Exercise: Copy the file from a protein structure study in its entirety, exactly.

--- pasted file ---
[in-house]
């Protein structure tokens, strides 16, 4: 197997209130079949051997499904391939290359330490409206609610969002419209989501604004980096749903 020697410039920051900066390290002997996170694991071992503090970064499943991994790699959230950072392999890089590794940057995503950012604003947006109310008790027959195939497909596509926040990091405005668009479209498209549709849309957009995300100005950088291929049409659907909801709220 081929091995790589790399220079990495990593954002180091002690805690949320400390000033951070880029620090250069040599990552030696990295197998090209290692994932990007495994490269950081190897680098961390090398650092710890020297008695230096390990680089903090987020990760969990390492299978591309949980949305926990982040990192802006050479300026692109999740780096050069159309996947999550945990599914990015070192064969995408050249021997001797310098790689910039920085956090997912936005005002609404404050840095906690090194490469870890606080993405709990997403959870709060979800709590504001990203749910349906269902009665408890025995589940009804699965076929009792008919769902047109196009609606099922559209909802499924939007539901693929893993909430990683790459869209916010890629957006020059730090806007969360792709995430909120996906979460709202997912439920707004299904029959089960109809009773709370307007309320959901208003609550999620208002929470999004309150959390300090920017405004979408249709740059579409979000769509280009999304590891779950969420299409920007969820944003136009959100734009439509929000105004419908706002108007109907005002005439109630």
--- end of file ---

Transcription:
[in-house]
């Protein structure tokens, strides 16, 4: 197997209130079949051997499904391939290359330490409206609610969002419209989501604004980096749903 020697410039920051900066390290002997996170694991071992503090970064499943991994790699959230950072392999890089590794940057995503950012604003947006109310008790027959195939497909596509926040990091405005668009479209498209549709849309957009995300100005950088291929049409659907909801709220 081929091995790589790399220079990495990593954002180091002690805690949320400390000033951070880029620090250069040599990552030696990295197998090209290692994932990007495994490269950081190897680098961390090398650092710890020297008695230096390990680089903090987020990760969990390492299978591309949980949305926990982040990192802006050479300026692109999740780096050069159309996947999550945990599914990015070192064969995408050249021997001797310098790689910039920085956090997912936005005002609404404050840095906690090194490469870890606080993405709990997403959870709060979800709590504001990203749910349906269902009665408890025995589940009804699965076929009792008919769902047109196009609606099922559209909802499924939007539901693929893993909430990683790459869209916010890629957006020059730090806007969360792709995430909120996906979460709202997912439920707004299904029959089960109809009773709370307007309320959901208003609550999620208002929470999004309150959390300090920017405004979408249709740059579409979000769509280009999304590891779950969420299409920007969820944003136009959100734009439509929000105004419908706002108007109907005002005439109630």